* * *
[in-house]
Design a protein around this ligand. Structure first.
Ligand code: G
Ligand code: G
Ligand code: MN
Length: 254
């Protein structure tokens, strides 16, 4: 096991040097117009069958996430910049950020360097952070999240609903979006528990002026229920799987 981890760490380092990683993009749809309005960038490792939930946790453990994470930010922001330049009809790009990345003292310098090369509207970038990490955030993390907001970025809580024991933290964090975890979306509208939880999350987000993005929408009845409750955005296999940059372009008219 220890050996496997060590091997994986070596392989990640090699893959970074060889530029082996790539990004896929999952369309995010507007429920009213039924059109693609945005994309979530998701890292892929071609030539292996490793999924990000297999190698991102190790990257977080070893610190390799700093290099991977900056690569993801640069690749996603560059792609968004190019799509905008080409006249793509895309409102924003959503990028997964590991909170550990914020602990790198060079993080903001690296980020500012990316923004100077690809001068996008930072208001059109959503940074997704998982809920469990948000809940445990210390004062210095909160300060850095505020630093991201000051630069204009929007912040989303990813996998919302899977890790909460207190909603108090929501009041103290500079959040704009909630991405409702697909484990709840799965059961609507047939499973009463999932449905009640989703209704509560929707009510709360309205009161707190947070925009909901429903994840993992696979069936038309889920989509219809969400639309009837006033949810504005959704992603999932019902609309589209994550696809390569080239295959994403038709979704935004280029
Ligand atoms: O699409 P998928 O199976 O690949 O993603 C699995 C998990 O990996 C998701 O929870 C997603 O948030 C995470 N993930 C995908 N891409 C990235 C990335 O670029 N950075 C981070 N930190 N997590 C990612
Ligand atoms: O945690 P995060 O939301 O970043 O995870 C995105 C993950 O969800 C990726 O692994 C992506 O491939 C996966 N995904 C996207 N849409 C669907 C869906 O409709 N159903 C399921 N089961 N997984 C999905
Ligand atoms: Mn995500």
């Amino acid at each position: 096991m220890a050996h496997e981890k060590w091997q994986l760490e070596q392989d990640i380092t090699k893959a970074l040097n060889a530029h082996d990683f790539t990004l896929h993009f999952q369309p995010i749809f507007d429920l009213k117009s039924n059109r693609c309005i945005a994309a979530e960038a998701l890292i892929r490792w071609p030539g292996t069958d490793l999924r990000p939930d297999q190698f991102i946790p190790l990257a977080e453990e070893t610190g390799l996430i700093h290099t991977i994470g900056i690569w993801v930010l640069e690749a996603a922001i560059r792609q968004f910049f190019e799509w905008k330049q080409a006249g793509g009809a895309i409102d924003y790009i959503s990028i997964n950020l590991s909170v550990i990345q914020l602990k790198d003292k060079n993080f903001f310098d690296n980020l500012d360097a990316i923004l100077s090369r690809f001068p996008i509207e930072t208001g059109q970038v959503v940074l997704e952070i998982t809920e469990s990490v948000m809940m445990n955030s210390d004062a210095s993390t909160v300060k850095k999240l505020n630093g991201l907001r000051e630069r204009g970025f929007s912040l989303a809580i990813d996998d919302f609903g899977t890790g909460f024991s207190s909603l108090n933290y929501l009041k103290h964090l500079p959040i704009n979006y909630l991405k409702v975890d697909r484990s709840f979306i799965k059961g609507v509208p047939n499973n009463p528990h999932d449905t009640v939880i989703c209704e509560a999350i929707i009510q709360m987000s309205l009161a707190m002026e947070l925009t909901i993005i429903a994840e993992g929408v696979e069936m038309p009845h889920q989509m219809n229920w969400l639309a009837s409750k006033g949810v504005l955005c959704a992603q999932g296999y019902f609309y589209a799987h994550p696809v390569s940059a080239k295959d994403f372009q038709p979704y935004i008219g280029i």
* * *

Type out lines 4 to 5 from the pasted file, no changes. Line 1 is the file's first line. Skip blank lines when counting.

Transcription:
Ligand code: G
Ligand code: MN